when used to refer to "services to avoid or suppress unsolicited e-mails" and the "creation and maintenance of computer software; technical consultancy, particularly in combination with network services; (and) providing of expertise, engineering services and technical consulting services (related to junk e-mail)."
Hormel argued in an appeal to the Office of Harmonisation for the Internal Market (OHIM), the EU trademark body, that the general public would not immediately recognize the use of the word spam as pertaining to junk e-mail but would instead associate it with "a kind of spicy ham" food product.
OHIM disagreed and dismissed the appeal. Products aimed at tackling the problem of spam were aimed at IT professionals who would not confuse junk e-mail with the meat product, it maintained. In addition, a Google search returned more hits for spam junk e-mail than for the canned meat, which satisfied OHIM that the word was also in use by the general public to refer to unsolicited mail.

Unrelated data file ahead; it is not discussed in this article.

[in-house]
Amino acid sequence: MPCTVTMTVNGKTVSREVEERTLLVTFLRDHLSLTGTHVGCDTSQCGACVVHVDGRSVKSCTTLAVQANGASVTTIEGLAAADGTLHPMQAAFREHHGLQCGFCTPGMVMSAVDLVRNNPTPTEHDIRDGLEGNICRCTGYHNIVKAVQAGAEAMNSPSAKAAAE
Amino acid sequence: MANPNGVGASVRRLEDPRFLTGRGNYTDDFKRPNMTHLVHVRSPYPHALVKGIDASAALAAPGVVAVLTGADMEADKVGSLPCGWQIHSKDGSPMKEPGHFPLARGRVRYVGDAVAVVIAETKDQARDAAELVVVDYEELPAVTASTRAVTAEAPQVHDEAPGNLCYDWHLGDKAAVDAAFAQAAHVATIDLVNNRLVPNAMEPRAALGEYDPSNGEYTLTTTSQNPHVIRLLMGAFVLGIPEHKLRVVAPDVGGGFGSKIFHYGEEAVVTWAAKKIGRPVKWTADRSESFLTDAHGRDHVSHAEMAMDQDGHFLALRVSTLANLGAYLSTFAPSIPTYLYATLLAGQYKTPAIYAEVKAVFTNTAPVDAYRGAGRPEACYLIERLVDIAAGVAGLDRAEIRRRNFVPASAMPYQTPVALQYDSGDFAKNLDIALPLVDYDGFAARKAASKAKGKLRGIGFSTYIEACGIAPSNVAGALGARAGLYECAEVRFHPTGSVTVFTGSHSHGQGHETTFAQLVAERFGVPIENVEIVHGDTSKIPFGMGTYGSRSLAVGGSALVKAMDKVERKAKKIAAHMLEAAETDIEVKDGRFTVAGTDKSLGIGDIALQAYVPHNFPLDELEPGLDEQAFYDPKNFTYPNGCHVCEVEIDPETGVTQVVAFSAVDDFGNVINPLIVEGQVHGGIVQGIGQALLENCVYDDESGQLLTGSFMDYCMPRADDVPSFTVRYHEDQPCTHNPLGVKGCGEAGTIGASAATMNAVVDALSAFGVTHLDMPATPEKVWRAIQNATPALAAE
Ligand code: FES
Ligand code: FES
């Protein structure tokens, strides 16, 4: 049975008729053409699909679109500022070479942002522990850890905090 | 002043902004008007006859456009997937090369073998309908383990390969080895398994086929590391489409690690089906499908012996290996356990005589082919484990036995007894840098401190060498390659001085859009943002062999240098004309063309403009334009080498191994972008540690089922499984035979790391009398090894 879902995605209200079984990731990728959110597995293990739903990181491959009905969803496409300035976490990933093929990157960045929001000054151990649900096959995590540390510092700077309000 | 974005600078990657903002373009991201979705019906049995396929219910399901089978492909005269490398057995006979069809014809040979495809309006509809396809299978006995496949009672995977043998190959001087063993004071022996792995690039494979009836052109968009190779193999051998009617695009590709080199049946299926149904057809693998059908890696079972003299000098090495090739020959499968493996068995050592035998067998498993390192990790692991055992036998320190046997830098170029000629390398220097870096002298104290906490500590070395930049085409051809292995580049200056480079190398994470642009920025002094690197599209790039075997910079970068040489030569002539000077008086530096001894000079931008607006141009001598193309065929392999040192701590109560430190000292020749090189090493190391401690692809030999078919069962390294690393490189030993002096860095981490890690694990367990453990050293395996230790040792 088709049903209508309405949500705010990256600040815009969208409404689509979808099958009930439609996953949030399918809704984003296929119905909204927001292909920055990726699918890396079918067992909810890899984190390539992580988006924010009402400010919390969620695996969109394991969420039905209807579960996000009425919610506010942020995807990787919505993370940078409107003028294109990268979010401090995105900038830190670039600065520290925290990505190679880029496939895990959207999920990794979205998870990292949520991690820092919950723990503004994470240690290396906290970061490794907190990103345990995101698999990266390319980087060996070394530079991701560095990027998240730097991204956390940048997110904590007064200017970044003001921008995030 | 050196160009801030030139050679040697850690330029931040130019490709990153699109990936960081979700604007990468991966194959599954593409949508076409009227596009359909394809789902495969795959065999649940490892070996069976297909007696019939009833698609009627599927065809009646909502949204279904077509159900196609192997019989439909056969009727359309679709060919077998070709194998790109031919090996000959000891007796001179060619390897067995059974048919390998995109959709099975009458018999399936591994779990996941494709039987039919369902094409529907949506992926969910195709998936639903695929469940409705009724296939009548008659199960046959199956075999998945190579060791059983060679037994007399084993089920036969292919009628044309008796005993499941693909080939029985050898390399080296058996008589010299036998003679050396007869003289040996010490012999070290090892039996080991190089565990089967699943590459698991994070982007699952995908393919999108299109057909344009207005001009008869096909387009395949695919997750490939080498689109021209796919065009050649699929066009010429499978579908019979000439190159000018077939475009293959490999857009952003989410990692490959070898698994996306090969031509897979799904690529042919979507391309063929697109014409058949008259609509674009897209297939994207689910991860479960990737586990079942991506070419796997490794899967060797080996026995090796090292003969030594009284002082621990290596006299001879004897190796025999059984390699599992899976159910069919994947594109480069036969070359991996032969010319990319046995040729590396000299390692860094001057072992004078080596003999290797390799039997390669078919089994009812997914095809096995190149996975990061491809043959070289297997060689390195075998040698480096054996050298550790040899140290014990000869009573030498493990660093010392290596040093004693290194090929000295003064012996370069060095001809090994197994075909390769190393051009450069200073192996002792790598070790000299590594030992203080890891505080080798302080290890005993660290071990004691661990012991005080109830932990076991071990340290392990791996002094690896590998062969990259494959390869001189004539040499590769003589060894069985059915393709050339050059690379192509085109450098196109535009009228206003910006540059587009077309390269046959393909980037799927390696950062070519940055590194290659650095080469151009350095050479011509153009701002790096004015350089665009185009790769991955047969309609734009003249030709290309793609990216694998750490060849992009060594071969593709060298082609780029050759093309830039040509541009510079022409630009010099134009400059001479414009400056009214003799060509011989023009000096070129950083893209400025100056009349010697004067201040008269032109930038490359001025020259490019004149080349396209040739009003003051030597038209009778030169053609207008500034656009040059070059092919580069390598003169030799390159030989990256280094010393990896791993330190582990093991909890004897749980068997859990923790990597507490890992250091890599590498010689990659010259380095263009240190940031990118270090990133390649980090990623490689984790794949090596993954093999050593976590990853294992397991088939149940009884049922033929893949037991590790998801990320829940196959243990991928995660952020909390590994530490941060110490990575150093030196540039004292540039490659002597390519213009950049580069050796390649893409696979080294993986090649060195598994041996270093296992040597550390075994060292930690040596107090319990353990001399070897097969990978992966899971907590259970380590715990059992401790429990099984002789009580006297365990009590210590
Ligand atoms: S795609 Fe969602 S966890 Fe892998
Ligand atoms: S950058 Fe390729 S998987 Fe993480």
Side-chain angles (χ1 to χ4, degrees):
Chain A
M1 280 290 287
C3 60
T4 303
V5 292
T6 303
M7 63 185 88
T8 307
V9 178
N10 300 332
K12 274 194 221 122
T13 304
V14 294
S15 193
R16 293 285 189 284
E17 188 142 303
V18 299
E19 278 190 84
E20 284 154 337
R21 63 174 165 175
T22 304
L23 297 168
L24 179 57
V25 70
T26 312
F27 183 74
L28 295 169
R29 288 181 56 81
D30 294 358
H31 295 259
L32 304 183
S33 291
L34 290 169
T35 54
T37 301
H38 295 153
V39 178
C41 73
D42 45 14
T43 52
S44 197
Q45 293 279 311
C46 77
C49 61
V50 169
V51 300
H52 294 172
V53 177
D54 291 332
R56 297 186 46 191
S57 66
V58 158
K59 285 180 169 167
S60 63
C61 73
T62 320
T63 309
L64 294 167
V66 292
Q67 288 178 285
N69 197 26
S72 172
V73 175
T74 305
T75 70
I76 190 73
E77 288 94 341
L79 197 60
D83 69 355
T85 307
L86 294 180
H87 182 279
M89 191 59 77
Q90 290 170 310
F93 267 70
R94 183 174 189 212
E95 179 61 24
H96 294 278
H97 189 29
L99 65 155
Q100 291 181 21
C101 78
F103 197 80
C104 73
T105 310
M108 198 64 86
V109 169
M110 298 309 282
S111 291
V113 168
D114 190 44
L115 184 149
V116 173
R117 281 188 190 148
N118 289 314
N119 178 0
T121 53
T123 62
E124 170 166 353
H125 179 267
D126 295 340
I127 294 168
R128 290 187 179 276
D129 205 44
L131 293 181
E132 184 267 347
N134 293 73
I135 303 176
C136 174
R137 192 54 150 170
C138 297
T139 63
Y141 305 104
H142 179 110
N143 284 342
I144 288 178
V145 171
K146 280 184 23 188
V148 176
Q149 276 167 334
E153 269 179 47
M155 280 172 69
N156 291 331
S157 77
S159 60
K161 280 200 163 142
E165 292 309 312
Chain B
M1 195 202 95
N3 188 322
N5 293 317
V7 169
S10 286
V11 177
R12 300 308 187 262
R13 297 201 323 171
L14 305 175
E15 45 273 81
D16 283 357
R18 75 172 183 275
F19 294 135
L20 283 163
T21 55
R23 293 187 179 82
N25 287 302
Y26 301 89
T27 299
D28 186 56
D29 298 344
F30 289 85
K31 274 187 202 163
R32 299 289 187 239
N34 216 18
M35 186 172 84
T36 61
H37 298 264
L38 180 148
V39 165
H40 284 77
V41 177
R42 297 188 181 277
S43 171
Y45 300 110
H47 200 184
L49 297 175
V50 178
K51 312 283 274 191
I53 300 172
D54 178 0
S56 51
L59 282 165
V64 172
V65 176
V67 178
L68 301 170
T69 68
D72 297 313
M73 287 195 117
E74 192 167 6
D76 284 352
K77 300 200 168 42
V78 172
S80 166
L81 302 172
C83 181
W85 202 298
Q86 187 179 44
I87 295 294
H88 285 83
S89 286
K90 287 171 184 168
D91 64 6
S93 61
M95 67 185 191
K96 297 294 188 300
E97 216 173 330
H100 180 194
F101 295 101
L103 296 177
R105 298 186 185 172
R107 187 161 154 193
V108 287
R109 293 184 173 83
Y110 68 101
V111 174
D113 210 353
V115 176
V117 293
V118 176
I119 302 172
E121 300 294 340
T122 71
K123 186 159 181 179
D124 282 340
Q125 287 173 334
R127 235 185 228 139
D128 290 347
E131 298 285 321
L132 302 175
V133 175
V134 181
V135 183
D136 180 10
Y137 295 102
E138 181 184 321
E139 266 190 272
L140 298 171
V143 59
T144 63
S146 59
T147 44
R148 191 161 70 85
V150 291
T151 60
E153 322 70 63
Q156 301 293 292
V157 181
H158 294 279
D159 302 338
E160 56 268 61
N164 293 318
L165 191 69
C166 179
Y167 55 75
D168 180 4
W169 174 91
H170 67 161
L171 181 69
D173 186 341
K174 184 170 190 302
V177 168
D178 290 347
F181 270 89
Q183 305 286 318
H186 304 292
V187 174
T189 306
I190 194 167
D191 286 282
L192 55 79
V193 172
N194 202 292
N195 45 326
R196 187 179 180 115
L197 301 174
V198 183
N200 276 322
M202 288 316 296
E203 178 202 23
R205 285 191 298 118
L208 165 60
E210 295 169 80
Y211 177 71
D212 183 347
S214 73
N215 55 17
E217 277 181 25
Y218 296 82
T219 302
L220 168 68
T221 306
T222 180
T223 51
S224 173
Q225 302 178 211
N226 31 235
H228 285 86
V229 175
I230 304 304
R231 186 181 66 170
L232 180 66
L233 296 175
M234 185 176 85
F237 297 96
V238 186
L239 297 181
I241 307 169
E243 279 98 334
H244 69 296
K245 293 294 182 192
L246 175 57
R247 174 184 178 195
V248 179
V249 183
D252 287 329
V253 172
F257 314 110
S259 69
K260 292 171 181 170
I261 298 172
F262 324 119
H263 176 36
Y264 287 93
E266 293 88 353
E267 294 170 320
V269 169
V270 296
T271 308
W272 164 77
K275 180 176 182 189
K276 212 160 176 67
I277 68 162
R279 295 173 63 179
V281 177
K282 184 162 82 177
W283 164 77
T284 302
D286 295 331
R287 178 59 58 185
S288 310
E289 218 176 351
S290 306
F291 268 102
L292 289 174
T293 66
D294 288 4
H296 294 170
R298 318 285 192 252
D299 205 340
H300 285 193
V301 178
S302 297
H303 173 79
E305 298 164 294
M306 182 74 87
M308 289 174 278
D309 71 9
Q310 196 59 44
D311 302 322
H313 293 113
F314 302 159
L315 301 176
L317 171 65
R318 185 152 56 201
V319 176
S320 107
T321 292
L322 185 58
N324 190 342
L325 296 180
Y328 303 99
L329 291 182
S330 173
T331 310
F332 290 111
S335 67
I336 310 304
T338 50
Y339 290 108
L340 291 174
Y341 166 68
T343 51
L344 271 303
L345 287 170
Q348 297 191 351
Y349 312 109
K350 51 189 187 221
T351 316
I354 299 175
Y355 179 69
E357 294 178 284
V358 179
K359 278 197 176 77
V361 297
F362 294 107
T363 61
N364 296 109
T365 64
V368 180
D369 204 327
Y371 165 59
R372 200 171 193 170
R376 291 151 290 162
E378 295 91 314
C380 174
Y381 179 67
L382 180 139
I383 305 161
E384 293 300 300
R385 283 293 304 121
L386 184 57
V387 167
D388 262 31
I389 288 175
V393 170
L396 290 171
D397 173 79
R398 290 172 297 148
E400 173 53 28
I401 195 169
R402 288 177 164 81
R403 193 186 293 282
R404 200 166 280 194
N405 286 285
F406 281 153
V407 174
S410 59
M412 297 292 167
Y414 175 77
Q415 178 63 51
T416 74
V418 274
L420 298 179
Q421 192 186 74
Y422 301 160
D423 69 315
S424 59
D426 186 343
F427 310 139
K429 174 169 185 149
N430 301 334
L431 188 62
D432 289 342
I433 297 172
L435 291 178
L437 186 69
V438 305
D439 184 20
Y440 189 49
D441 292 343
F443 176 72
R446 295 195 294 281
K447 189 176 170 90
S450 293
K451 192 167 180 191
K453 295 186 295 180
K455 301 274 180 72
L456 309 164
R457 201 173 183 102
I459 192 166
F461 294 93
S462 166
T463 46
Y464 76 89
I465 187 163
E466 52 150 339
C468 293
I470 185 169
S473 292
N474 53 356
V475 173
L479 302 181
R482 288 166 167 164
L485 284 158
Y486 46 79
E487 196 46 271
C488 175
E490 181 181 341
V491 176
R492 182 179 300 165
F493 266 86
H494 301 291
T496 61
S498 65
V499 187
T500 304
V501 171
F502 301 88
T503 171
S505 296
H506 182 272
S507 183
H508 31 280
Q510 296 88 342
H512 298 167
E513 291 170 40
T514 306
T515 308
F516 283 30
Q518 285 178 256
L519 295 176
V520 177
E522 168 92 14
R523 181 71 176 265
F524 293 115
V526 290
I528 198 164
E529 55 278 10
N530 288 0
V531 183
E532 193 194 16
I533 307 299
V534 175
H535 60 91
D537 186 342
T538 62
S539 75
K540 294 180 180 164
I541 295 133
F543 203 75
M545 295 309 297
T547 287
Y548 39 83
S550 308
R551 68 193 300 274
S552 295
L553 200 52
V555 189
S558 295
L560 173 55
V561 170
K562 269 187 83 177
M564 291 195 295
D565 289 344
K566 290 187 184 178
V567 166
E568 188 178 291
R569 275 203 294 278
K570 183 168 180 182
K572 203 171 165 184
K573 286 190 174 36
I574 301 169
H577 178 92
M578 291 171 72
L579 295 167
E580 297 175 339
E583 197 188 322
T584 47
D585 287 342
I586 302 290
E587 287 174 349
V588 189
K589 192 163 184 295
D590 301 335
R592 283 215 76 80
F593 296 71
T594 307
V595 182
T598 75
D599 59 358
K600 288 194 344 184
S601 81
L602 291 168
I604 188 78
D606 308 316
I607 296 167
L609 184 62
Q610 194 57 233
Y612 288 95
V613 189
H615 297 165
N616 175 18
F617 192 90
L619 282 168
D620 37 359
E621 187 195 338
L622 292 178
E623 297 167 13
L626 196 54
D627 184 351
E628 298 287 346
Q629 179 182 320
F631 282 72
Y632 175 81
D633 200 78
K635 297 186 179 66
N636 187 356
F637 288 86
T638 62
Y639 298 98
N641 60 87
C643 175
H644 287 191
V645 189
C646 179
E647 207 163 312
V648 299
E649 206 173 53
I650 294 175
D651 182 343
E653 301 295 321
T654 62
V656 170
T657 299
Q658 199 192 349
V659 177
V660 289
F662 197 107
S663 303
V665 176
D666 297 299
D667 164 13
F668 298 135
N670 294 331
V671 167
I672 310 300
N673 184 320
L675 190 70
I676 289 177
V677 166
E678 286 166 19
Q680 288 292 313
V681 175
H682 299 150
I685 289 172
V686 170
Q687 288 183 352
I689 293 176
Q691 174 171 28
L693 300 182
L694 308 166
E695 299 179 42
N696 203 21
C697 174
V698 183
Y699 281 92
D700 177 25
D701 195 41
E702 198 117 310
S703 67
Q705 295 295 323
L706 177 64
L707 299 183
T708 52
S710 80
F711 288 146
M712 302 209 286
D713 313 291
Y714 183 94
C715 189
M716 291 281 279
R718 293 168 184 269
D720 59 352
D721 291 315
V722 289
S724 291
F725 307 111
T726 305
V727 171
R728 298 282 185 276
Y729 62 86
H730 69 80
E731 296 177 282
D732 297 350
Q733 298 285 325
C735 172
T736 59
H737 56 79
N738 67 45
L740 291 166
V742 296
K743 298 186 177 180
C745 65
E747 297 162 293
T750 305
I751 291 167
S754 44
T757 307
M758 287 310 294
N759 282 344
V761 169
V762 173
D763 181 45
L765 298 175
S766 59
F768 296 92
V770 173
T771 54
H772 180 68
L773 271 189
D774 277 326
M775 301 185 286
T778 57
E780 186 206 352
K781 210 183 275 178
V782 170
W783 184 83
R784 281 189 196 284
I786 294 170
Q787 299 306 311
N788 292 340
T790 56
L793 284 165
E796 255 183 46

"The most evident meaning of the term spam for the consumers of the services at issue will certainly be 'unsolicited, usually commercial, e-mail sent to a large number of addressees' rather than a designation for canned spicy ham," the OHIM ruling said.
Hormel has made several attempts to wrest the name from generic use, including an advertising campaign in 2004 and attempts to invalidate the Spambuster name in the U.K. High Court in 2005. That court case also failed.
Tom Espiner of ZDNet UK reported from London.